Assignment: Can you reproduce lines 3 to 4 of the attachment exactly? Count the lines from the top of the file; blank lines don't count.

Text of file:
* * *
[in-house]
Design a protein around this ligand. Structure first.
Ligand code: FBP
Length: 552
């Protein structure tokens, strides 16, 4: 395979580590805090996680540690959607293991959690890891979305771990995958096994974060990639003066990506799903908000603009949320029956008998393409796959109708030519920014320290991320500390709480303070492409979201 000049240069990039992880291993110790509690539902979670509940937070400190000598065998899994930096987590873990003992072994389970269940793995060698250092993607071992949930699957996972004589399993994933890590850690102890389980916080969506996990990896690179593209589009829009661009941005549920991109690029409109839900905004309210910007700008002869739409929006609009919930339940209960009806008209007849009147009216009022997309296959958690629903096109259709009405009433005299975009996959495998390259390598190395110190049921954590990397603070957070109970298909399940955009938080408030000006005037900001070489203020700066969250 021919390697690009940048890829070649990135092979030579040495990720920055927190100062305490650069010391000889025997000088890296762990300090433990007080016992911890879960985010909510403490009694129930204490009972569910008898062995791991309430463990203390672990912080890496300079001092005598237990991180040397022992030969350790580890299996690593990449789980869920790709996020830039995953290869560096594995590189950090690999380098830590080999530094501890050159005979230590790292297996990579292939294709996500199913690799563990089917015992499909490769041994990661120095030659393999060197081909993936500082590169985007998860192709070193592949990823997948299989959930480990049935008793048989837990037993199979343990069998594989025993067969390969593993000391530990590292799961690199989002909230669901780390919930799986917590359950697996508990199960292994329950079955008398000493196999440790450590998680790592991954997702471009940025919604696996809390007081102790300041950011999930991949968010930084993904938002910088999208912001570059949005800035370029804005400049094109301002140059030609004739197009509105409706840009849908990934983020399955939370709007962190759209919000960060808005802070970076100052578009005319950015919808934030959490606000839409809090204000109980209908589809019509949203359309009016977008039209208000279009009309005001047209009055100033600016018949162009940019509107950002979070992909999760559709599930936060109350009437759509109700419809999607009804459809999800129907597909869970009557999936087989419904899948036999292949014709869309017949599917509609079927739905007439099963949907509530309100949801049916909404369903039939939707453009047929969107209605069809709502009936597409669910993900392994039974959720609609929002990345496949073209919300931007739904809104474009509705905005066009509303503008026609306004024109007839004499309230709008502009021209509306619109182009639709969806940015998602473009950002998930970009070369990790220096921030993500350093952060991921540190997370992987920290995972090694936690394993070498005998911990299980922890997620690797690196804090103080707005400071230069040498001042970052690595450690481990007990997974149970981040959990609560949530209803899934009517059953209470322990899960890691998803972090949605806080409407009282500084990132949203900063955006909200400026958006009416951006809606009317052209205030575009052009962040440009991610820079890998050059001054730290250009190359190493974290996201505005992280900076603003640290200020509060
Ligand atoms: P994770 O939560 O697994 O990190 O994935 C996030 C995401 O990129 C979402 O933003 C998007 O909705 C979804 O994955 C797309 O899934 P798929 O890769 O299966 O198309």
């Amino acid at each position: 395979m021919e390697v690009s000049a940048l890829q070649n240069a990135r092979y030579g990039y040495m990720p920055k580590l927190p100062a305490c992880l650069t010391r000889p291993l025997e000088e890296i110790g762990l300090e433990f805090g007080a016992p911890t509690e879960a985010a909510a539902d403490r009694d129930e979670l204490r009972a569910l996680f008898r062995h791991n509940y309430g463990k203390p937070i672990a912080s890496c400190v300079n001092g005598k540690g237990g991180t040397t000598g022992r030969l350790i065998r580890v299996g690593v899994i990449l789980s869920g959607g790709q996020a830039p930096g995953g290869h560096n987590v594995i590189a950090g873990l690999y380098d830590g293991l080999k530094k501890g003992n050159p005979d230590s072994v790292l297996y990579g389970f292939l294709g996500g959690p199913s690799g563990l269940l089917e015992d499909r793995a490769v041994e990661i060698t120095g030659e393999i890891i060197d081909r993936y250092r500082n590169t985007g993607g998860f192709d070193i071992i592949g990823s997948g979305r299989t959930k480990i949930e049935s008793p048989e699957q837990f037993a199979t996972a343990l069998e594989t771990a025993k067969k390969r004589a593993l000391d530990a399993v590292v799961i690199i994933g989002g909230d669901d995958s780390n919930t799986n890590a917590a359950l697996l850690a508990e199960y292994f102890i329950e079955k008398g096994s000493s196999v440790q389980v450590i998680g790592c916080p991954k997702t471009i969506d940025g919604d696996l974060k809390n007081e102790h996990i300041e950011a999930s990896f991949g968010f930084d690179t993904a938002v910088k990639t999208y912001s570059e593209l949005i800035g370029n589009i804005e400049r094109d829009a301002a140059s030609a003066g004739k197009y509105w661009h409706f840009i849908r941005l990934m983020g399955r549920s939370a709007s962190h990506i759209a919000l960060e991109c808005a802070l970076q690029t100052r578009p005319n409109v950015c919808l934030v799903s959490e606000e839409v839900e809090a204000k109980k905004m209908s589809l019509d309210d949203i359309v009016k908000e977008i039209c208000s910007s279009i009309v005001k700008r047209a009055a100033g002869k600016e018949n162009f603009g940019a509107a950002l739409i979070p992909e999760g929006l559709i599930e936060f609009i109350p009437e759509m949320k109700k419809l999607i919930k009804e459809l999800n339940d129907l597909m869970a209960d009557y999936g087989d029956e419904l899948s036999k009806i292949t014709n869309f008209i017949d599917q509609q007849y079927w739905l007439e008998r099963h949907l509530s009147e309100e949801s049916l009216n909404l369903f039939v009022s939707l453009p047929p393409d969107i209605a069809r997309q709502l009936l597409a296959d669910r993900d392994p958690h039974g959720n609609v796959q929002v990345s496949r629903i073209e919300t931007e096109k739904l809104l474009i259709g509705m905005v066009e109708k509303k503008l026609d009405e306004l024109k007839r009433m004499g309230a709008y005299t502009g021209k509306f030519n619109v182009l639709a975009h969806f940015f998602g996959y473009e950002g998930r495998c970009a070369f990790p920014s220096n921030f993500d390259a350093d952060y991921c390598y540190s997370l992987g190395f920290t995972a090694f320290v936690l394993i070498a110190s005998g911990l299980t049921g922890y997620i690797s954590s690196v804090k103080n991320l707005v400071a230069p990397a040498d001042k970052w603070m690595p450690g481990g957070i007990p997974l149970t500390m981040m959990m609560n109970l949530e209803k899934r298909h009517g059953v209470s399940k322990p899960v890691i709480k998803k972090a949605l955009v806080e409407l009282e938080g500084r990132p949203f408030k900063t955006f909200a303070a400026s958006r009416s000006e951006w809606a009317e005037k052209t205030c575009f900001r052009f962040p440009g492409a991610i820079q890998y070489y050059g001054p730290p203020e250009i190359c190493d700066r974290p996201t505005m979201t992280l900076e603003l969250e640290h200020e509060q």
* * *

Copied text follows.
Ligand code: FBP
Length: 552